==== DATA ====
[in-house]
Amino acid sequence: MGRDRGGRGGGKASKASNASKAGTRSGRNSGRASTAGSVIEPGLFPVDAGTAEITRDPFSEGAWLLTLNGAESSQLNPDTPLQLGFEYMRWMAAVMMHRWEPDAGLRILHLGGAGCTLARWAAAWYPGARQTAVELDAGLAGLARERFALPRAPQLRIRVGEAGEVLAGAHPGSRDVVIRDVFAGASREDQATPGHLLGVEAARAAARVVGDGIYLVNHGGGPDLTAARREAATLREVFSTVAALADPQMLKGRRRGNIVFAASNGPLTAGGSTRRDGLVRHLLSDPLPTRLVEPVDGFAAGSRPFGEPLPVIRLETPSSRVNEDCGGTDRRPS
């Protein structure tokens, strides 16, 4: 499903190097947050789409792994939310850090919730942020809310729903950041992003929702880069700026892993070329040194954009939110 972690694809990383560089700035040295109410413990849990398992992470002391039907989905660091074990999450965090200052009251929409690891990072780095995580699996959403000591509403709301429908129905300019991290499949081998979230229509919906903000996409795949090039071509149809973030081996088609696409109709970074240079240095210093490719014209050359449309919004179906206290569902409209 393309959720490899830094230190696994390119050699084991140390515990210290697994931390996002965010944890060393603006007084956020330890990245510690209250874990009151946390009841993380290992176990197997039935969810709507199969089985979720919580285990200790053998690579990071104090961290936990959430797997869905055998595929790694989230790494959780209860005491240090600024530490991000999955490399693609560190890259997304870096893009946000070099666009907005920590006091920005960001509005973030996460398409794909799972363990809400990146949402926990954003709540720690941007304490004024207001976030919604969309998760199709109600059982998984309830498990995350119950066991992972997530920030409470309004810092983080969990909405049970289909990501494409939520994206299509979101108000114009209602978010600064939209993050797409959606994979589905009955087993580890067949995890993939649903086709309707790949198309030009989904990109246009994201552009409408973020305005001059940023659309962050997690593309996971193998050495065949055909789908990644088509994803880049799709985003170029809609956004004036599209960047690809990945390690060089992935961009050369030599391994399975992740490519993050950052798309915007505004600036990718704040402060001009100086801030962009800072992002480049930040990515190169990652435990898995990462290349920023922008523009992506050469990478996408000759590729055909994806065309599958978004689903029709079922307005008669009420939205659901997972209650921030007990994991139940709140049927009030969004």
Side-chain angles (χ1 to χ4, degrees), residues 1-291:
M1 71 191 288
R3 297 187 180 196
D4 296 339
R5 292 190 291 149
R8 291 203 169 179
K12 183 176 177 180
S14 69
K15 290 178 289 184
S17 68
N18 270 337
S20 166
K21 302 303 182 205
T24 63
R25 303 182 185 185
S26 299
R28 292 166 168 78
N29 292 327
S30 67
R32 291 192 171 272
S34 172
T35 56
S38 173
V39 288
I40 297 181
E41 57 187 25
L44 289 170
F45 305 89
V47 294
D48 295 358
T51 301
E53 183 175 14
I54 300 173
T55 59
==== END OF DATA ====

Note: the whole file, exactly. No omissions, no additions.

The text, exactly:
[in-house]
Amino acid sequence: MGRDRGGRGGGKASKASNASKAGTRSGRNSGRASTAGSVIEPGLFPVDAGTAEITRDPFSEGAWLLTLNGAESSQLNPDTPLQLGFEYMRWMAAVMMHRWEPDAGLRILHLGGAGCTLARWAAAWYPGARQTAVELDAGLAGLARERFALPRAPQLRIRVGEAGEVLAGAHPGSRDVVIRDVFAGASREDQATPGHLLGVEAARAAARVVGDGIYLVNHGGGPDLTAARREAATLREVFSTVAALADPQMLKGRRRGNIVFAASNGPLTAGGSTRRDGLVRHLLSDPLPTRLVEPVDGFAAGSRPFGEPLPVIRLETPSSRVNEDCGGTDRRPS
């Protein structure tokens, strides 16, 4: 499903190097947050789409792994939310850090919730942020809310729903950041992003929702880069700026892993070329040194954009939110 972690694809990383560089700035040295109410413990849990398992992470002391039907989905660091074990999450965090200052009251929409690891990072780095995580699996959403000591509403709301429908129905300019991290499949081998979230229509919906903000996409795949090039071509149809973030081996088609696409109709970074240079240095210093490719014209050359449309919004179906206290569902409209 393309959720490899830094230190696994390119050699084991140390515990210290697994931390996002965010944890060393603006007084956020330890990245510690209250874990009151946390009841993380290992176990197997039935969810709507199969089985979720919580285990200790053998690579990071104090961290936990959430797997869905055998595929790694989230790494959780209860005491240090600024530490991000999955490399693609560190890259997304870096893009946000070099666009907005920590006091920005960001509005973030996460398409794909799972363990809400990146949402926990954003709540720690941007304490004024207001976030919604969309998760199709109600059982998984309830498990995350119950066991992972997530920030409470309004810092983080969990909405049970289909990501494409939520994206299509979101108000114009209602978010600064939209993050797409959606994979589905009955087993580890067949995890993939649903086709309707790949198309030009989904990109246009994201552009409408973020305005001059940023659309962050997690593309996971193998050495065949055909789908990644088509994803880049799709985003170029809609956004004036599209960047690809990945390690060089992935961009050369030599391994399975992740490519993050950052798309915007505004600036990718704040402060001009100086801030962009800072992002480049930040990515190169990652435990898995990462290349920023922008523009992506050469990478996408000759590729055909994806065309599958978004689903029709079922307005008669009420939205659901997972209650921030007990994991139940709140049927009030969004």
Side-chain angles (χ1 to χ4, degrees), residues 1-291:
M1 71 191 288
R3 297 187 180 196
D4 296 339
R5 292 190 291 149
R8 291 203 169 179
K12 183 176 177 180
S14 69
K15 290 178 289 184
S17 68
N18 270 337
S20 166
K21 302 303 182 205
T24 63
R25 303 182 185 185
S26 299
R28 292 166 168 78
N29 292 327
S30 67
R32 291 192 171 272
S34 172
T35 56
S38 173
V39 288
I40 297 181
E41 57 187 25
L44 289 170
F45 305 89
V47 294
D48 295 358
T51 301
E53 183 175 14
I54 300 173
T55 59